As You Like It

Reviewer's Rating

In William Shakespeare’s As You Like It, the Forest of Arden offers an escape from stiff courtly life into enchanting chaos. It is a fascinating place where fascinating things happen: the miracle of love, the exploration of identity, and the reimagining of traditional gender roles. It is a place that can be seen simultaneously as jovial and pastoral or menacing and violent, and it is into this latter interpretation of the forest that Kleczewska invites spectators to immerse themselves.

The acclaimed Polish director envisages the Shakespearean world as a rather off-putting place inhabited by characters who represent the whole spectrum of personalities and attitudes. One can find there, among others, a repelling sugar daddy (Duke Senior portrayed by Jacek Mąka) who places the satisfaction of his desires over the happiness of his daughter, a coarse chav (Oliver played by Wojciech Niemczyk) who verbally abuses his brother, and an emotionless robotic beauty (Phebe by Magdalena Grąziowska). These three, just like all other individuals whom the actors of Żeromski Theatre in Kielce bring to life with their highly physical acting, are much darker versions of their Shakespearean counterparts.

The transformation they undergo is indeed surprising and radical, especially compared with what the analogous traditional characters go through. In the end, though, it all fails to produce much intense emotion in the spectators. Intriguing at first, their incongruity with accepted norms and the desperate struggle to find their true selves soon becomes tiresome. Such is the case, for instance, in the concluding sequence in which each actor is assigned a wrestler in a matching outfit whom they have to fight. The scene itself is an invaluable part of the whole as it makes the performance coherent and clearly puts the emphasis on the theme of identity. Nevertheless, I could not help but feel increasingly weary as the characters continued to leave and re-enter the stage to exchange blows with their doppelgängers.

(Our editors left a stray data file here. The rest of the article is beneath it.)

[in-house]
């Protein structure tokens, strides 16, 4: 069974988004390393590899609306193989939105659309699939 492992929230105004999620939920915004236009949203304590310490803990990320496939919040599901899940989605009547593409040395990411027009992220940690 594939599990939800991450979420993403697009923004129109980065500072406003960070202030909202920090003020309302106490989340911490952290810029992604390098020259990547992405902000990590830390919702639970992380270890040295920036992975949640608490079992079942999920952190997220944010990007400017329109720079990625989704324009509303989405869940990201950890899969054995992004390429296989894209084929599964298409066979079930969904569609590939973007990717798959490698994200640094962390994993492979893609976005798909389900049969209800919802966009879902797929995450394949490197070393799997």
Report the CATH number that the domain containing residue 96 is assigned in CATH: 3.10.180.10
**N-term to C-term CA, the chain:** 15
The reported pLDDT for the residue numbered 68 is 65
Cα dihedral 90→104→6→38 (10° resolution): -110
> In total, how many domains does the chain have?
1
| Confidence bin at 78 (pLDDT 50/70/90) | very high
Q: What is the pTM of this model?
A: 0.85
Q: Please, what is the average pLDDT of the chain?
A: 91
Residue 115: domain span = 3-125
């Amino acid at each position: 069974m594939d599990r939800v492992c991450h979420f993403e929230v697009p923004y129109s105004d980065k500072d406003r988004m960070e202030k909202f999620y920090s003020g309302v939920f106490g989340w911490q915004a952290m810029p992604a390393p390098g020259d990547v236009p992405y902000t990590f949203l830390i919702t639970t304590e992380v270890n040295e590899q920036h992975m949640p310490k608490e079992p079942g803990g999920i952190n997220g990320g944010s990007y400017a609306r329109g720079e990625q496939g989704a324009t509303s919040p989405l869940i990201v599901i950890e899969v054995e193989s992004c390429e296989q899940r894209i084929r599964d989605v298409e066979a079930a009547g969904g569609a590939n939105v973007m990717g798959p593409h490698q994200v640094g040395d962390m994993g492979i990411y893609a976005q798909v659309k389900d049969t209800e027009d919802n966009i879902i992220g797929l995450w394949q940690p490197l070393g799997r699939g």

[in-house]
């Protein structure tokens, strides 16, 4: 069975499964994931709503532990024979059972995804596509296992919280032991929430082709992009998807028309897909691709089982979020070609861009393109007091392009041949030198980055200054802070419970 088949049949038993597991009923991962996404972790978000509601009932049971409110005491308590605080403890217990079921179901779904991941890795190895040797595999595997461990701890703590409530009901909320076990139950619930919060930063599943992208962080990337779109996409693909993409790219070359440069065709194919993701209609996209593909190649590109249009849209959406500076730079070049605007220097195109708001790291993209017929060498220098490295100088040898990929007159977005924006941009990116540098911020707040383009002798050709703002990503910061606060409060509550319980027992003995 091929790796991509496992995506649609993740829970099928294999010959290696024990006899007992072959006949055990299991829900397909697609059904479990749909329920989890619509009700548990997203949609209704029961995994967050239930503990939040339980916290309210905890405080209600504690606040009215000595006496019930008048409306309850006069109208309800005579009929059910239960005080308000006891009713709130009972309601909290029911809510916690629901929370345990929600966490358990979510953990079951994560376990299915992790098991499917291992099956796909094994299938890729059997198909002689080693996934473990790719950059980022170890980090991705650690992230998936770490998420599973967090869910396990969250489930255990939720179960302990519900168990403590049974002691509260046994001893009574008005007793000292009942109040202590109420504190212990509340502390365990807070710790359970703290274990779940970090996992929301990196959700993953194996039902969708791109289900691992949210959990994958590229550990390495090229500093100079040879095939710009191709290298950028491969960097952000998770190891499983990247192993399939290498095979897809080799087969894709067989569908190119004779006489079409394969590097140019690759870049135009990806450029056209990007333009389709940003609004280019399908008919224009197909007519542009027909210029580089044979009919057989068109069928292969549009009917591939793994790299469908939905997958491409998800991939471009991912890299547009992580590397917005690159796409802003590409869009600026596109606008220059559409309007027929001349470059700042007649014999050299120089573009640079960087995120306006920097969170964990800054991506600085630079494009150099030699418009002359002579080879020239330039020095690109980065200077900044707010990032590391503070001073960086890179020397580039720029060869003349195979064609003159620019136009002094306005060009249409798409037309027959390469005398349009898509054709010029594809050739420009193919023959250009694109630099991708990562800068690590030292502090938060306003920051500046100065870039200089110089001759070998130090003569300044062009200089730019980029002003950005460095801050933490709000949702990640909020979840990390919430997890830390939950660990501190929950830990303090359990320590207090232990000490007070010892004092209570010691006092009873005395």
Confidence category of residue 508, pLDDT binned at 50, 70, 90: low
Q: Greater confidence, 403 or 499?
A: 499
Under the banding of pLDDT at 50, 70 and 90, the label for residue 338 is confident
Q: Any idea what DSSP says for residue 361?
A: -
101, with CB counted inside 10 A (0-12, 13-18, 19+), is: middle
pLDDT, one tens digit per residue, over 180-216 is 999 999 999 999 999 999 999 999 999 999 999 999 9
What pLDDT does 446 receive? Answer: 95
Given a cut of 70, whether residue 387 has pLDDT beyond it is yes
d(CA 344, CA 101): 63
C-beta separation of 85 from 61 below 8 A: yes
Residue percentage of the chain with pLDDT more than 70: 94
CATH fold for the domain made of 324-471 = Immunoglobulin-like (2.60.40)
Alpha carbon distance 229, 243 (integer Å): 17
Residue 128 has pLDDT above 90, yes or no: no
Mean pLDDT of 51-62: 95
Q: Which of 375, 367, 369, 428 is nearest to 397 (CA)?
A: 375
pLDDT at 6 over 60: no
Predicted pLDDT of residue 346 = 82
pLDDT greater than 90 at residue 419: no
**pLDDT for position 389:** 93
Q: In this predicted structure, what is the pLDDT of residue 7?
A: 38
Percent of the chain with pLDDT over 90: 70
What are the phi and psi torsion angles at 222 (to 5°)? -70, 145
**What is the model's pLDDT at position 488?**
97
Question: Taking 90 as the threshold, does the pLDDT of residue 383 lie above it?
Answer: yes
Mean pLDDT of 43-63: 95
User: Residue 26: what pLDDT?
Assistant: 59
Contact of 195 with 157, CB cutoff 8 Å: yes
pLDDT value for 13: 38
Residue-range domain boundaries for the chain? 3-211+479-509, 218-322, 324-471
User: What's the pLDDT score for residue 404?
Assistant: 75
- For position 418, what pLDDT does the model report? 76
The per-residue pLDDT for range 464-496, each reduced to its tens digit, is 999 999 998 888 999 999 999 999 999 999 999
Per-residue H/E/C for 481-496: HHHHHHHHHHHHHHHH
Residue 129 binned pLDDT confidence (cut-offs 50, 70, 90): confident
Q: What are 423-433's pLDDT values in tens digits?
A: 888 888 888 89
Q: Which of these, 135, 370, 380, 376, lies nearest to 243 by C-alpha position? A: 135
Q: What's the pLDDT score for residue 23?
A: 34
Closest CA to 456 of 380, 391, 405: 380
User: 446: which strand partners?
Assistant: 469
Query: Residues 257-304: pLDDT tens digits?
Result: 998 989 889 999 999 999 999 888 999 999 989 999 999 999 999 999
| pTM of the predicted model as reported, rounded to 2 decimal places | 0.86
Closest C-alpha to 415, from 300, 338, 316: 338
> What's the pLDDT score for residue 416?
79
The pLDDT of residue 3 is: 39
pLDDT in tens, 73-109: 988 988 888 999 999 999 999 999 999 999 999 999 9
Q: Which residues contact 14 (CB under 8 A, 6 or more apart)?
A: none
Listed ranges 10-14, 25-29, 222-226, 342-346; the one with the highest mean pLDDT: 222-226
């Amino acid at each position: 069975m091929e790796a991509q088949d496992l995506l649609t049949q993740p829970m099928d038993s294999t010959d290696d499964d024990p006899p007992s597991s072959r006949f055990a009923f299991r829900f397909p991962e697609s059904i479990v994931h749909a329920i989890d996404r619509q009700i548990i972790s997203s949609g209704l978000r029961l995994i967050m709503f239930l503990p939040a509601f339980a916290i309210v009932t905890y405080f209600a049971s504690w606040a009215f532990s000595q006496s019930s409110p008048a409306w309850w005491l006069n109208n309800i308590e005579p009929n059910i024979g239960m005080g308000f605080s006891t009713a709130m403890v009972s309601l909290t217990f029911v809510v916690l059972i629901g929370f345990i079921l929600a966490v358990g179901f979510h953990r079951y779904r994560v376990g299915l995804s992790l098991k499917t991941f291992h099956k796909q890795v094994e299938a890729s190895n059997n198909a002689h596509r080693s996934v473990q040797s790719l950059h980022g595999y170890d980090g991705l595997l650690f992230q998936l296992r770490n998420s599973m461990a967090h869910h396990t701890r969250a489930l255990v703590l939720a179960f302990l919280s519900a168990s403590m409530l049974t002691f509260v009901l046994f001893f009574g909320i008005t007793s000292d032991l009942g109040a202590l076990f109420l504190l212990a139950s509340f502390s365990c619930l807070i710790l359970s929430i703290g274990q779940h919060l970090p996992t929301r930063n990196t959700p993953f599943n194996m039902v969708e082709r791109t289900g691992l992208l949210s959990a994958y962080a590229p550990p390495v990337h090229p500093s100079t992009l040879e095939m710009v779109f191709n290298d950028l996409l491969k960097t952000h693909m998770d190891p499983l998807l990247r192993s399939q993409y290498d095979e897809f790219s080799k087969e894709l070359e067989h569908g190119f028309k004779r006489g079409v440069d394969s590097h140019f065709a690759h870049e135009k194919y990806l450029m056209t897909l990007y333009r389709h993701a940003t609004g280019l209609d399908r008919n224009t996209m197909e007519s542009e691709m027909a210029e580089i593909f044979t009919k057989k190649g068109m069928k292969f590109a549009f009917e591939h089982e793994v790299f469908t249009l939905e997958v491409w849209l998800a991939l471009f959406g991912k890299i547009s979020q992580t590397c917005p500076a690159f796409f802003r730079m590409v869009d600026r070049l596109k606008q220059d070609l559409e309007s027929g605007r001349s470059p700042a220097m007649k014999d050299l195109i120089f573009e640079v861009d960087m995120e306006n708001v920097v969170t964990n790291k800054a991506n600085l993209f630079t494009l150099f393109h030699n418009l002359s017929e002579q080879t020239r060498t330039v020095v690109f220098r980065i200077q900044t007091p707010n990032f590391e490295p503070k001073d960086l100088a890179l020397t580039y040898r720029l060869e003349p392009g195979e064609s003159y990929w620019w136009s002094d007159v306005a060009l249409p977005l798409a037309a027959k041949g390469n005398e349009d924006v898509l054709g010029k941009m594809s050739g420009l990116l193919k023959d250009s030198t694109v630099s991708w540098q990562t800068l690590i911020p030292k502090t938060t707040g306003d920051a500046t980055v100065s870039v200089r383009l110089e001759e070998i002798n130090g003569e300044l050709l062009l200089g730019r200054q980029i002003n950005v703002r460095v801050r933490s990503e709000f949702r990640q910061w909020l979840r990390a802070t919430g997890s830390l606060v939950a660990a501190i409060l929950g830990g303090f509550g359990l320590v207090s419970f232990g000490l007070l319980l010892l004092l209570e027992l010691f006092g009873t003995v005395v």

One cannot remain indifferent, however, to at least one of the forest’s visitors: Orlando. Bartłomiej Cabaj, who portrays the youngest of de Boys brothers as mentally disabled, manages to make his character not only memorable but also easy to feel for.

Another noteworthy aspect of Kleczewska’s As You Like It is the design of the Forest of Arden itself. The trees have been replaced by video projections. Streams of milky white light dispersed on the transparent Plexiglas floor magically illuminate every detail of the Żeromski Theatre’s auditorium, where the action of the performance takes place.

The Forest of Arden that unfolds before our eyes in the Polish production is a bizarre one indeed. Shaped by chaotic deconstruction and filled with peculiar individuals who might potentially entice the spectator, for me it remains a temporary stop on a theatrical path rather than an unforgettable thought-provoking shelter.